The new form of coronavirus is not a joke. It is real, and it does pose a threat. However, if there is one thing we should learn from China’s COVID19 outbreak, it’s that panic can spread faster than a virus. While China’s- and now Italy’s – response to the epidemic was decisive and undoubtedly necessary, some of the recent development related to the outbreak are somewhat alarming. Xenophobia towards Asian people, supermarkets being stormed and literally raided are just a small portion of the absurdity dominating the media field these days.


Not a day has passed during the last two weeks without new solutions to ease people’s day-to-day lives at a time of worldwide quarantines. Sadly, most of those solutions are intended only to limit human-to-human contact instead on focusing on the things that really matter, like preventing a similar crisis from happening again by encouraging people to develop personal hygiene habits. We are slowly creating a future with technologies and solutions that permeate our lives. In theory, yes, it could end most our problems. Quarantines from around the world have shown that we can effectively work from home. Soon, robots might be able to deliver anything to our doorsteps…

However, while thinking we are doing good, we are making things worse. We are slowly pushing the world to routinely turn into a completely permeated one with no more human interaction instead of looking for effective solutions.

We need to sit back, take a deep breath and wait for Nature and health professionals to do their jobs, meanwhile, we should take the common reasonable measures that a pandemic implies.


The WHO has finally declared the COVID19 outbreak to be a pandemic. But what does that mean ? It has nothing to do with the characteristic of the disease, but with its geographic spread. Declaring a pandemic should not trigger global panic, but rather raise awareness. Most people who will catch the disease will experience only a mild illness, thankfully. This is particularly true for children and young adults. About 1 in 5 will need hospital care, and most will recover. However, there is a chance that some of those infected will die. That is why it is our duty to treat this with seriousness: we must listen to expert advice in order to help prevent a major epidemic. Personal hygiene is a must, and isolation is not only about you, it is about not infecting other that might be at higher risk than you are.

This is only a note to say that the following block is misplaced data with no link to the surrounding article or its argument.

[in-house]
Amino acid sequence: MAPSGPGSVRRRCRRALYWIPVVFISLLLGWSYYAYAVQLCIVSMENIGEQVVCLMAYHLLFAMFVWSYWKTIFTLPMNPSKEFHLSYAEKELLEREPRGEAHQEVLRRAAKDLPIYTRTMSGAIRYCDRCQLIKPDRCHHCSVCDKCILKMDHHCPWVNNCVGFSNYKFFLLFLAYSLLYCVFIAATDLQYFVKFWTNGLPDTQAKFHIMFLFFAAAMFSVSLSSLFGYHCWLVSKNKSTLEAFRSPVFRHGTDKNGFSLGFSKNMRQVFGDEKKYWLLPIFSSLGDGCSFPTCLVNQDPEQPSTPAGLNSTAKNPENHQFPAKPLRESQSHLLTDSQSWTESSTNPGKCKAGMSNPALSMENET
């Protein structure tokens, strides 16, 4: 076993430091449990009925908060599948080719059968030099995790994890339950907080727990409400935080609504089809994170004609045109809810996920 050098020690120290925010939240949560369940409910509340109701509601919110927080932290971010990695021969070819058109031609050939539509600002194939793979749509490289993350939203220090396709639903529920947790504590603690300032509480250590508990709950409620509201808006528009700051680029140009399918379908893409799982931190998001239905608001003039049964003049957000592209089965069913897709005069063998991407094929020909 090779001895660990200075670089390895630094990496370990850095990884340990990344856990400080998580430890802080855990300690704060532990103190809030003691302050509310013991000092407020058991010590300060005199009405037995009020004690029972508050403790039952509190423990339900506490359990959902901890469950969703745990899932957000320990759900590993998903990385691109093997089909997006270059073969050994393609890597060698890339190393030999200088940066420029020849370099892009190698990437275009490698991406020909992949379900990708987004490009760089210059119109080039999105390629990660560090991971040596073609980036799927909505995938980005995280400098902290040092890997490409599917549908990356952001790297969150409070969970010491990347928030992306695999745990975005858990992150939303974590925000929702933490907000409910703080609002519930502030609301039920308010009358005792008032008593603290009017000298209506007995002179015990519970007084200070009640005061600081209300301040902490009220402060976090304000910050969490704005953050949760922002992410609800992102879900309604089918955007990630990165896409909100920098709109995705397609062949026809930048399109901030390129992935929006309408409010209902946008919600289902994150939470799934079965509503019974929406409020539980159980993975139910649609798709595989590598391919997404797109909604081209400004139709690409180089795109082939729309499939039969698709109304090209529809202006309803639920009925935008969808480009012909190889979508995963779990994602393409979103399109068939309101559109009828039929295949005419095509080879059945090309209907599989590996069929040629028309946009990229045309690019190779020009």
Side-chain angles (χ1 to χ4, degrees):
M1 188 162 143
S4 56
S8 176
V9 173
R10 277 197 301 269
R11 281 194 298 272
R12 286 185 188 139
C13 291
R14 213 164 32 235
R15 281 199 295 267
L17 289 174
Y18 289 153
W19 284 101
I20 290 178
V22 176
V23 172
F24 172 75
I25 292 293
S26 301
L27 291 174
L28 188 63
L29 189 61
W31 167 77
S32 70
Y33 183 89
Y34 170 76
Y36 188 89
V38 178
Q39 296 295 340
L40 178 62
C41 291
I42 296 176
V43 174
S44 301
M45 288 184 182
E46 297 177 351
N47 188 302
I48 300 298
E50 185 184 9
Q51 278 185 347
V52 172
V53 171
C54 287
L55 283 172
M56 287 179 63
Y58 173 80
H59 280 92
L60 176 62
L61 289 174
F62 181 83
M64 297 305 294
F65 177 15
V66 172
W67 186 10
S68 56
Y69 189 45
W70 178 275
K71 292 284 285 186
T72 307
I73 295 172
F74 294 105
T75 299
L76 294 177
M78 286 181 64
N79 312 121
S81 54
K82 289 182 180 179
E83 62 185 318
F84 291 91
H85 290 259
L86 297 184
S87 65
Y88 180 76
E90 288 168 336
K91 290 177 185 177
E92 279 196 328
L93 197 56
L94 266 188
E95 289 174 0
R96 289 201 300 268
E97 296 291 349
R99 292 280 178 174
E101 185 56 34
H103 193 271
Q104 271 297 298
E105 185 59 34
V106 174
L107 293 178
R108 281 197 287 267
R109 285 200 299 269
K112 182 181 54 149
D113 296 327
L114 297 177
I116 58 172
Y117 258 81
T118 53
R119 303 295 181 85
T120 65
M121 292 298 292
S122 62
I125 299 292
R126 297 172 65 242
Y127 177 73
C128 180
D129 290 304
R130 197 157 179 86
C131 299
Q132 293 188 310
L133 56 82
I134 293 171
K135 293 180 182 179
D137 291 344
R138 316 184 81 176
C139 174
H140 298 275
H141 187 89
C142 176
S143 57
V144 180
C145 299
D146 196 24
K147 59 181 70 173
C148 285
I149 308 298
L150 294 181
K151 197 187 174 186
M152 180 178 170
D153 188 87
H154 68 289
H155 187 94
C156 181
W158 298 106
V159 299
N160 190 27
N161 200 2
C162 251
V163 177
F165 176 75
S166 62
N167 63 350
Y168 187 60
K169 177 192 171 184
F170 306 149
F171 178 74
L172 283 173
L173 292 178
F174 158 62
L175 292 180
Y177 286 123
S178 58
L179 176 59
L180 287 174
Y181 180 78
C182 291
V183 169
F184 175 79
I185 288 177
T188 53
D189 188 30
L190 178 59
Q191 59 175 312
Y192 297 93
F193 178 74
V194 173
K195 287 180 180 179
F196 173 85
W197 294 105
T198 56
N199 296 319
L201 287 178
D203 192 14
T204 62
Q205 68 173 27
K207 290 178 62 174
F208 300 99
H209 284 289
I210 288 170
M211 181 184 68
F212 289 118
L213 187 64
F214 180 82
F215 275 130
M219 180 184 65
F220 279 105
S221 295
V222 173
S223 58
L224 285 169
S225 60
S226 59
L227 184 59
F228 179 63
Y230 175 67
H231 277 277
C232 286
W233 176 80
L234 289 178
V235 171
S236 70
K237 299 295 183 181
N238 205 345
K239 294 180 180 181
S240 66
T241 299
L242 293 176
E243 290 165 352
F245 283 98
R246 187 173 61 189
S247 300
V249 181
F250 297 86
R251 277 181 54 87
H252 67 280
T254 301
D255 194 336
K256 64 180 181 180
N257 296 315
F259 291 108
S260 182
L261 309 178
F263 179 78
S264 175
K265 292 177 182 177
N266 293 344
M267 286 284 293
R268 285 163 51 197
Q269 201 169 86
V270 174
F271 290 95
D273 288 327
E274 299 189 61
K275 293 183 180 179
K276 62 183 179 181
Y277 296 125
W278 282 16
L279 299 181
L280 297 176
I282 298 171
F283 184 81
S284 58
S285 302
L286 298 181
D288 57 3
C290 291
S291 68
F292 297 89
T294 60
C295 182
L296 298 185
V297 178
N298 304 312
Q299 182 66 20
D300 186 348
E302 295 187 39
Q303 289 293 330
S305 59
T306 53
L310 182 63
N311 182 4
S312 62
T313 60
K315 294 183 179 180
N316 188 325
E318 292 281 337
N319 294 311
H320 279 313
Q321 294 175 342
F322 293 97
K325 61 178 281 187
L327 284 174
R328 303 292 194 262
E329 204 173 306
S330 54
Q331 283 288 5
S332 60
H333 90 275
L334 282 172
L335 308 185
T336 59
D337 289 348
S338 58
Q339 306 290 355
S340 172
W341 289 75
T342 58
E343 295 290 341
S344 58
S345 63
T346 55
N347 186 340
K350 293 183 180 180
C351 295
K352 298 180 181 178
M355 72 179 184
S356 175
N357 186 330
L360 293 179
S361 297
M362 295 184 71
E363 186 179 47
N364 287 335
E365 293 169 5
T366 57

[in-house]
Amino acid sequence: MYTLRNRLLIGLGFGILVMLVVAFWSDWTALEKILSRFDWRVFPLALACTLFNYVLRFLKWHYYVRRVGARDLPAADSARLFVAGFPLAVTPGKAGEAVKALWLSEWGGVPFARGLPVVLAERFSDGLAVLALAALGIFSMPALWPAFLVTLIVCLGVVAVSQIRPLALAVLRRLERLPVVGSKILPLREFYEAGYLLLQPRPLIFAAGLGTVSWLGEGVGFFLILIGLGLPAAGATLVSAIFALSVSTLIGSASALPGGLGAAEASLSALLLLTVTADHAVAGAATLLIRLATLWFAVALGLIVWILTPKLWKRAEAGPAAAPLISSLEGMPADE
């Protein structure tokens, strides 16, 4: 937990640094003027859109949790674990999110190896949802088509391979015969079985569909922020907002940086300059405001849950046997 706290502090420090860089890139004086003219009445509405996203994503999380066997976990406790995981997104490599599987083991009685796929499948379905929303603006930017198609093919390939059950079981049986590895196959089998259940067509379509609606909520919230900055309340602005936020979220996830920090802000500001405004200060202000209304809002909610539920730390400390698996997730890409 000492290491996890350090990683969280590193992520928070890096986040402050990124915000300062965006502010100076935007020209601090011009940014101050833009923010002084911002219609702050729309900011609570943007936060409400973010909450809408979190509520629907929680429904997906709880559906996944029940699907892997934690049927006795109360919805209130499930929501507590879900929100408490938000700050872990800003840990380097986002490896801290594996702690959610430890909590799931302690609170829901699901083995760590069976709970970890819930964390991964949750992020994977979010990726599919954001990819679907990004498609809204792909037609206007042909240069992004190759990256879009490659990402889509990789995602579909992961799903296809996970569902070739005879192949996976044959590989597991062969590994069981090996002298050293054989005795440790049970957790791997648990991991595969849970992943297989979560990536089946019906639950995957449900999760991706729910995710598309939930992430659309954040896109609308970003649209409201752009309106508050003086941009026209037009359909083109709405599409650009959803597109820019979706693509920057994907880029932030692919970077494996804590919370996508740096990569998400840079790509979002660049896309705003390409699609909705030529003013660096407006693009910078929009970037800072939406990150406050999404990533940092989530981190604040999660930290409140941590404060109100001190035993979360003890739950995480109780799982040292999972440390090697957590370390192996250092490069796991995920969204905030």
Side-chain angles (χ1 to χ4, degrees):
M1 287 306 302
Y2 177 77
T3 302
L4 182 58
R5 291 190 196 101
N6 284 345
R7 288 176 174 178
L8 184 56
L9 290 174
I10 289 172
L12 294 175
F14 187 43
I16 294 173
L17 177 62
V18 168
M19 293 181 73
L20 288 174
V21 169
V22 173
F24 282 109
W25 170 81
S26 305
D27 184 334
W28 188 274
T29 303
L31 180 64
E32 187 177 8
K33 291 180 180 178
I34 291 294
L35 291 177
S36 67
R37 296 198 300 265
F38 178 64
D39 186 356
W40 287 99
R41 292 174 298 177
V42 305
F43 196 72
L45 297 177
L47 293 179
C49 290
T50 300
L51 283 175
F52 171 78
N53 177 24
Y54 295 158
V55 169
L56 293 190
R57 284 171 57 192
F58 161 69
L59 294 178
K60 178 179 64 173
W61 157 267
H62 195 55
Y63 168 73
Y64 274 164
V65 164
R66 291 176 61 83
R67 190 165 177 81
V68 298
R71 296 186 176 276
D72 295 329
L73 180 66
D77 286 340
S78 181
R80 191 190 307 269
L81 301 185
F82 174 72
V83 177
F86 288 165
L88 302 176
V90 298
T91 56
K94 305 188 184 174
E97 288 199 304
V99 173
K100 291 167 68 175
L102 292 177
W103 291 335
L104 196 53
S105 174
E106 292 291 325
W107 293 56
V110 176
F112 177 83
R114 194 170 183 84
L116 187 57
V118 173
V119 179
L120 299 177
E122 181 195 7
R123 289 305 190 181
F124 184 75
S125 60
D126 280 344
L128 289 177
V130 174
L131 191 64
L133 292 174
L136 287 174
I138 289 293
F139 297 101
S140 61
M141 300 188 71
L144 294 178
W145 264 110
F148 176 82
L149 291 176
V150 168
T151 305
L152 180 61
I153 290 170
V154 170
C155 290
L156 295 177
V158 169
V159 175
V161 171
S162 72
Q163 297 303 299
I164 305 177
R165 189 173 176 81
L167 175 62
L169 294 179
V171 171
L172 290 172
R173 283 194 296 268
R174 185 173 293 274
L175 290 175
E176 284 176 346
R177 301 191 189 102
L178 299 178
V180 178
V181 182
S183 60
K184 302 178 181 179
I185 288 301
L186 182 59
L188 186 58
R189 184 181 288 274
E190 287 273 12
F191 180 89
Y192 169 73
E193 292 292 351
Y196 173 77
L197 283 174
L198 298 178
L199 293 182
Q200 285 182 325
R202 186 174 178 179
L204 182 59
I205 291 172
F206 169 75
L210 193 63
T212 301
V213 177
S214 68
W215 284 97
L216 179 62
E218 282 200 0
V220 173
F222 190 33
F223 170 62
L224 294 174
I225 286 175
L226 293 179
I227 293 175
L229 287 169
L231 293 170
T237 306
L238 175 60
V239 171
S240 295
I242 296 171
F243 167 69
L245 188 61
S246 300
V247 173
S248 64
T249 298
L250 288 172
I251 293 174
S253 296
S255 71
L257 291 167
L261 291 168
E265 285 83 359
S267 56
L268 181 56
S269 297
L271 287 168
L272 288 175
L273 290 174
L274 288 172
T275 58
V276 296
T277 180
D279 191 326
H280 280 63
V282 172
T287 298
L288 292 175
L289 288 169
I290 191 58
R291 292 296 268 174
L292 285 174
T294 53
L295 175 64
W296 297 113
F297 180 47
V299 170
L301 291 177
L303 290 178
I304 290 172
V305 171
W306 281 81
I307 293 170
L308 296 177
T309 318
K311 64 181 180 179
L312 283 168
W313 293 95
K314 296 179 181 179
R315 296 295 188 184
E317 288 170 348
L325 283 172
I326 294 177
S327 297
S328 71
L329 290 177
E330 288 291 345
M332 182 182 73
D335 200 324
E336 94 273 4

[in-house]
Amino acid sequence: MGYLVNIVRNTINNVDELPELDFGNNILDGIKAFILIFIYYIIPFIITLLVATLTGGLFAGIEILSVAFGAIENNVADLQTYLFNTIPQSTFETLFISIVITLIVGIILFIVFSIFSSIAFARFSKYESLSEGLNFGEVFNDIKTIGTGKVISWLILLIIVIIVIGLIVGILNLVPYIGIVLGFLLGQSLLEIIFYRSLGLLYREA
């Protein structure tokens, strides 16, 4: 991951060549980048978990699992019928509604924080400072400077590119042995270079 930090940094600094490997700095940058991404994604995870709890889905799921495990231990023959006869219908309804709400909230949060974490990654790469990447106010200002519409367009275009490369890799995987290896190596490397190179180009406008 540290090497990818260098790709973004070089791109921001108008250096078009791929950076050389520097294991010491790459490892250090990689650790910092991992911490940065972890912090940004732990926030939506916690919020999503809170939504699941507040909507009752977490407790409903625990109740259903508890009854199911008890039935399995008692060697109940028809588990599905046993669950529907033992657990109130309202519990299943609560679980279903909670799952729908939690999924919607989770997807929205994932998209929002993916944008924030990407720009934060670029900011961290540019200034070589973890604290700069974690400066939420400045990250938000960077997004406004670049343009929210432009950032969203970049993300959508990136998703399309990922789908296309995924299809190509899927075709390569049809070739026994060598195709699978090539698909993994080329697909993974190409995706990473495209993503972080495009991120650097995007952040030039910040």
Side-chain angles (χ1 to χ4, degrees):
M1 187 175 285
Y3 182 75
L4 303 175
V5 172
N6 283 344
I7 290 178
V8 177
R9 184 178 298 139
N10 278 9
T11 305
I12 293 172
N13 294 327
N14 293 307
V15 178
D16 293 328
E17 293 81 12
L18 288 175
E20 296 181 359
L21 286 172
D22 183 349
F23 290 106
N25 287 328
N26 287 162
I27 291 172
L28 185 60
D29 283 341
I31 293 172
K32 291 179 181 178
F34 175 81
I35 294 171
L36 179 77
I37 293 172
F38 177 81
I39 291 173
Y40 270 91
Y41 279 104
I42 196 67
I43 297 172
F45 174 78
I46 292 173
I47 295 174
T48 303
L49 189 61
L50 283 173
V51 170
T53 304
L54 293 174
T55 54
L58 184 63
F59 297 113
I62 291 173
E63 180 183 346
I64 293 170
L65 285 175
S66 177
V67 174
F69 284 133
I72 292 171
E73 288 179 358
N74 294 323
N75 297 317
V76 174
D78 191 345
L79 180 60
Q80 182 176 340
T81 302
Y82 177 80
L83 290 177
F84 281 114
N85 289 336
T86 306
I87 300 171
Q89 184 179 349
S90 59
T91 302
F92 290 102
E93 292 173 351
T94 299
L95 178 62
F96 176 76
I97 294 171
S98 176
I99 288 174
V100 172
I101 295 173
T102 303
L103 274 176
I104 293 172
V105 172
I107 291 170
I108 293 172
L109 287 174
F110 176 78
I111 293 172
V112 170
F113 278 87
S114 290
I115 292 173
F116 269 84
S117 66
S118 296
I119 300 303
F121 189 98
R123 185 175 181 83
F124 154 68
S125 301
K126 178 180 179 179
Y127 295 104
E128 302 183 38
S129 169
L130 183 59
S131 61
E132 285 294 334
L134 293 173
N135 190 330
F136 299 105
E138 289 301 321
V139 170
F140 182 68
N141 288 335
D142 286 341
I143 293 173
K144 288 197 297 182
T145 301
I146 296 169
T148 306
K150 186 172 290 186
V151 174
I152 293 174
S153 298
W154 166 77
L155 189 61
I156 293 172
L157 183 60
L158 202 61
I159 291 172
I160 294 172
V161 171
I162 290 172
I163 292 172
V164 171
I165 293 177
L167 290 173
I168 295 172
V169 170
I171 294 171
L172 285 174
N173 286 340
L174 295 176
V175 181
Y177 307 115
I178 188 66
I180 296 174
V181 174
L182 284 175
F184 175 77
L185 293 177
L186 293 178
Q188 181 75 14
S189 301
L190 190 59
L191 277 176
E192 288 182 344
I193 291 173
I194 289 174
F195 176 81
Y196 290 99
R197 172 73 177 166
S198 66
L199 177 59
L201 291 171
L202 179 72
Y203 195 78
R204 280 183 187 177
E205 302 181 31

What you should be aware about is that it can go more than 14 days undetected, whereas the common flu is 48 hours. Which means that someone could unknowingly be infected and live a normal life and therefore infect others. Furthermore, it being a fairly new virus, there is a lot we still don’t know about it. So even though there is a high probability that even if you are contaminated, you won’t die from it, at this point, it is also about protecting others that may not be as resistant or lucky as you. On top of it, let’s not forget that Lebanon is a country with a dense population, and we have a culture of physical contact, which makes spreading easier than elsewhere.

So people, take the necessary steps: keep yourself and things around you clean, and if you feel you may have a cold, stay away from people.


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Mondanité is Lebanon’s leading lifestyle and social magazine. Well-known for its broad coverage of the society hot spots; every party and every big event Lebanon is hosting.